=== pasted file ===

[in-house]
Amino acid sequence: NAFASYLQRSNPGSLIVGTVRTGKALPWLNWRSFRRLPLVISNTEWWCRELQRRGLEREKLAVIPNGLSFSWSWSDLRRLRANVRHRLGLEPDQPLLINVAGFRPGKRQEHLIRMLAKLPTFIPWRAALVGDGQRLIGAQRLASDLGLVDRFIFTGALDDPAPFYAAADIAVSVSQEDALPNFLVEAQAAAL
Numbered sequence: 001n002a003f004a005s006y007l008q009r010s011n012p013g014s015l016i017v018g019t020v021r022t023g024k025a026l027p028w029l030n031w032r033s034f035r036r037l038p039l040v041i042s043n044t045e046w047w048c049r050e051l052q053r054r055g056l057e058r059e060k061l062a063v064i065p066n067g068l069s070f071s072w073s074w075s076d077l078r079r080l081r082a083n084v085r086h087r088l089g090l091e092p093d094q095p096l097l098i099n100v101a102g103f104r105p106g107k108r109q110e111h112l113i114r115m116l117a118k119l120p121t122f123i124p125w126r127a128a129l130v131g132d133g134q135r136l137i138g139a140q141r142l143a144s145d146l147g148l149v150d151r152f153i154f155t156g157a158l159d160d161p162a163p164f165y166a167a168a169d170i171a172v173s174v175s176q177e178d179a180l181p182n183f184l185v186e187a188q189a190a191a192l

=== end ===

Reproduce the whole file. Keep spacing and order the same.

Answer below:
[in-house]
Amino acid sequence: NAFASYLQRSNPGSLIVGTVRTGKALPWLNWRSFRRLPLVISNTEWWCRELQRRGLEREKLAVIPNGLSFSWSWSDLRRLRANVRHRLGLEPDQPLLINVAGFRPGKRQEHLIRMLAKLPTFIPWRAALVGDGQRLIGAQRLASDLGLVDRFIFTGALDDPAPFYAAADIAVSVSQEDALPNFLVEAQAAAL
Numbered sequence: 001n002a003f004a005s006y007l008q009r010s011n012p013g014s015l016i017v018g019t020v021r022t023g024k025a026l027p028w029l030n031w032r033s034f035r036r037l038p039l040v041i042s043n044t045e046w047w048c049r050e051l052q053r054r055g056l057e058r059e060k061l062a063v064i065p066n067g068l069s070f071s072w073s074w075s076d077l078r079r080l081r082a083n084v085r086h087r088l089g090l091e092p093d094q095p096l097l098i099n100v101a102g103f104r105p106g107k108r109q110e111h112l113i114r115m116l117a118k119l120p121t122f123i124p125w126r127a128a129l130v131g132d133g134q135r136l137i138g139a140q141r142l143a144s145d146l147g148l149v150d151r152f153i154f155t156g157a158l159d160d161p162a163p164f165y166a167a168a169d170i171a172v173s174v175s176q177e178d179a180l181p182n183f184l185v186e187a188q189a190a191a192l